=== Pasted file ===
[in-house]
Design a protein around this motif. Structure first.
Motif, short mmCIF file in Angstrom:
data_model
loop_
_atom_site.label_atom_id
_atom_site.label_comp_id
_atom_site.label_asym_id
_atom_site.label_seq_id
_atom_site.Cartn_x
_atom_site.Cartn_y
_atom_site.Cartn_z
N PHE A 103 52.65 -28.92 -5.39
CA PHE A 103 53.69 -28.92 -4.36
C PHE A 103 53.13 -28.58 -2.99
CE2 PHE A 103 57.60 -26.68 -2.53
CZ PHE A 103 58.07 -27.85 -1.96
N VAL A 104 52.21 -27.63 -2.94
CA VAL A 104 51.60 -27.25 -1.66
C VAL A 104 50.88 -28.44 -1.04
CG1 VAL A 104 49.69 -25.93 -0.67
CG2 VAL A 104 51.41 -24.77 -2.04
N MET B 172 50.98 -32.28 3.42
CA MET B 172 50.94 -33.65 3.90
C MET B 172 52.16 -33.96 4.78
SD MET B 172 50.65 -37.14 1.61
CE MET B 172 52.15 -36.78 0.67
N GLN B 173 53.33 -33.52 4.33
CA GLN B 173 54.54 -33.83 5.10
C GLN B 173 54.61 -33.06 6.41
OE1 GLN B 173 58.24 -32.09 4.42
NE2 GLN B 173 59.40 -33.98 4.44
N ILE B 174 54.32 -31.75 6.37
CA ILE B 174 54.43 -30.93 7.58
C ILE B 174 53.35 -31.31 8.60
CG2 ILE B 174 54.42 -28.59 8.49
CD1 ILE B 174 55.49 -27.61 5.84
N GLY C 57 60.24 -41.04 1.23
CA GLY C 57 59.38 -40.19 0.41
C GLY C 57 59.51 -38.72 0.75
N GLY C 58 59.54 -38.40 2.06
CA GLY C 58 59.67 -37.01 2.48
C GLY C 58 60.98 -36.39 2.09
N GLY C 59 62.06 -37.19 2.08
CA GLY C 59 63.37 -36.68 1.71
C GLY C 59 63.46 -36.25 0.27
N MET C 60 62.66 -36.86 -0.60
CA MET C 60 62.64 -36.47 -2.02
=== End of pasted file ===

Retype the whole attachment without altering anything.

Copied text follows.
[in-house]
Design a protein around this motif. Structure first.
Motif, short mmCIF file in Angstrom:
data_model
loop_
_atom_site.label_atom_id
_atom_site.label_comp_id
_atom_site.label_asym_id
_atom_site.label_seq_id
_atom_site.Cartn_x
_atom_site.Cartn_y
_atom_site.Cartn_z
N PHE A 103 52.65 -28.92 -5.39
CA PHE A 103 53.69 -28.92 -4.36
C PHE A 103 53.13 -28.58 -2.99
CE2 PHE A 103 57.60 -26.68 -2.53
CZ PHE A 103 58.07 -27.85 -1.96
N VAL A 104 52.21 -27.63 -2.94
CA VAL A 104 51.60 -27.25 -1.66
C VAL A 104 50.88 -28.44 -1.04
CG1 VAL A 104 49.69 -25.93 -0.67
CG2 VAL A 104 51.41 -24.77 -2.04
N MET B 172 50.98 -32.28 3.42
CA MET B 172 50.94 -33.65 3.90
C MET B 172 52.16 -33.96 4.78
SD MET B 172 50.65 -37.14 1.61
CE MET B 172 52.15 -36.78 0.67
N GLN B 173 53.33 -33.52 4.33
CA GLN B 173 54.54 -33.83 5.10
C GLN B 173 54.61 -33.06 6.41
OE1 GLN B 173 58.24 -32.09 4.42
NE2 GLN B 173 59.40 -33.98 4.44
N ILE B 174 54.32 -31.75 6.37
CA ILE B 174 54.43 -30.93 7.58
C ILE B 174 53.35 -31.31 8.60
CG2 ILE B 174 54.42 -28.59 8.49
CD1 ILE B 174 55.49 -27.61 5.84
N GLY C 57 60.24 -41.04 1.23
CA GLY C 57 59.38 -40.19 0.41
C GLY C 57 59.51 -38.72 0.75
N GLY C 58 59.54 -38.40 2.06
CA GLY C 58 59.67 -37.01 2.48
C GLY C 58 60.98 -36.39 2.09
N GLY C 59 62.06 -37.19 2.08
CA GLY C 59 63.37 -36.68 1.71
C GLY C 59 63.46 -36.25 0.27
N MET C 60 62.66 -36.86 -0.60
CA MET C 60 62.64 -36.47 -2.02